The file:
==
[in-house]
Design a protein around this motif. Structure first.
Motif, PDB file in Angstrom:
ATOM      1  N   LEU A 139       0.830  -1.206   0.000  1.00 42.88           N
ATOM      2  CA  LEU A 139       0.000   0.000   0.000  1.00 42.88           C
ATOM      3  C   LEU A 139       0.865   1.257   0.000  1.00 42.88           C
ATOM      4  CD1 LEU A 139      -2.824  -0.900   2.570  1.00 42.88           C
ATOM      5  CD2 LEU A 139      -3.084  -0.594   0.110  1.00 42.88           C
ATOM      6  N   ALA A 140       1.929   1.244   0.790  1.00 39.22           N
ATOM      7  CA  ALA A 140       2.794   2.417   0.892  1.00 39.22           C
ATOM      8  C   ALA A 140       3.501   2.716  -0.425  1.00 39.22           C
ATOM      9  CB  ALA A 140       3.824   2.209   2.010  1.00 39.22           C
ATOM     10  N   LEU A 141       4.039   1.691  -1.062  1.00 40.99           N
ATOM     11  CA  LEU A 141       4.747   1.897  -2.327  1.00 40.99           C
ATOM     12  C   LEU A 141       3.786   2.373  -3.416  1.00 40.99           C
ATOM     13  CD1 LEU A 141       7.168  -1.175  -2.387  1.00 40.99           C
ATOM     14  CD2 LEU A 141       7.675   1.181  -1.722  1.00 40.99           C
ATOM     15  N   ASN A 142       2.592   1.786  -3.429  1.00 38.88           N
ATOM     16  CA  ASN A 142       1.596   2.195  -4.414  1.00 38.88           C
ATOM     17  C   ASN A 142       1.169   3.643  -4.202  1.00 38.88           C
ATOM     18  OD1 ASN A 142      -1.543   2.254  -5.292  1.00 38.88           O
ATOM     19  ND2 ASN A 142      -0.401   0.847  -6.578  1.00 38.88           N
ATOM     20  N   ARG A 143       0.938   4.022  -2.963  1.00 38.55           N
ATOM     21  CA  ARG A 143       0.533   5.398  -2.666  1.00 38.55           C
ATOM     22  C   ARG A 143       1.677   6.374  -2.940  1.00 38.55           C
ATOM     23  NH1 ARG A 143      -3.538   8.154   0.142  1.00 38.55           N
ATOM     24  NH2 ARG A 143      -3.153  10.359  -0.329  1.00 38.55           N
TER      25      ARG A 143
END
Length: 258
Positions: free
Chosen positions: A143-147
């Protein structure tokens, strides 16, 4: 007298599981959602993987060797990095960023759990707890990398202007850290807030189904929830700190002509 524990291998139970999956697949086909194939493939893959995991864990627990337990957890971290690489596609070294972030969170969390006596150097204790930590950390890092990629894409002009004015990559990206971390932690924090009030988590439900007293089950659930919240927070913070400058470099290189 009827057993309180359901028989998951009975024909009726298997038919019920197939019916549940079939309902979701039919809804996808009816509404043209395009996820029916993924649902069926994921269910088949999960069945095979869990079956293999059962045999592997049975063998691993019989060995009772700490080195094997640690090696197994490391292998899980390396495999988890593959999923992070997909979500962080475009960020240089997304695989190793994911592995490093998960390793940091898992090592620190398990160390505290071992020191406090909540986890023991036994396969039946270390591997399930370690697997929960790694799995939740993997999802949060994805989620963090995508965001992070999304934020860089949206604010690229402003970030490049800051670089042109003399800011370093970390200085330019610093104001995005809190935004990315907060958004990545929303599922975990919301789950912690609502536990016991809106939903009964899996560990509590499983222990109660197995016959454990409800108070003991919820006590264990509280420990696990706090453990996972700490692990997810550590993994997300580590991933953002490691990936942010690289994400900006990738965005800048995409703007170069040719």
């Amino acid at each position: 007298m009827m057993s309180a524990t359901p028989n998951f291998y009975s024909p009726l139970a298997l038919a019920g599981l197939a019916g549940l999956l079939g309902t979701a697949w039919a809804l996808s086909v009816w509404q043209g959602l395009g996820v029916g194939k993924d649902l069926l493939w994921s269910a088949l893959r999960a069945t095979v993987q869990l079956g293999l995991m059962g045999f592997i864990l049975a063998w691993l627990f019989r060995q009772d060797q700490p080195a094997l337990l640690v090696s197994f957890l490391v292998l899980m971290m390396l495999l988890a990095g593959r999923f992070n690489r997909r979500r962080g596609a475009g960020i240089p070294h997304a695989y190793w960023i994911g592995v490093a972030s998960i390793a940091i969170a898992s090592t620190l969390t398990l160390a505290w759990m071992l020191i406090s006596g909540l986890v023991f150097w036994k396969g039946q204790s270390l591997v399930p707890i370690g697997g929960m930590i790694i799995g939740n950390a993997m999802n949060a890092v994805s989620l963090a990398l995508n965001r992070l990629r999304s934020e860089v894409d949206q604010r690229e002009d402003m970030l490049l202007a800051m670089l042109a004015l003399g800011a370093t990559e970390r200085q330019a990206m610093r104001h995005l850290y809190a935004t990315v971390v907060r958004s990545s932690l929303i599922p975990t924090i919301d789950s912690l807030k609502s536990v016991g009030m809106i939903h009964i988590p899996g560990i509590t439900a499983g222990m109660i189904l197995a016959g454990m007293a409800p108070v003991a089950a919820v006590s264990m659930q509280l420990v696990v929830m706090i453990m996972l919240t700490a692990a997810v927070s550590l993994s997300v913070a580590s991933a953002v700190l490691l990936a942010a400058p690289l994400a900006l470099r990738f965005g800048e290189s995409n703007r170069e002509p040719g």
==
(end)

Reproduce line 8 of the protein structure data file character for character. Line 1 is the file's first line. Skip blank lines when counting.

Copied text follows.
ATOM      5  CD2 LEU A 139      -3.084  -0.594   0.110  1.00 42.88           C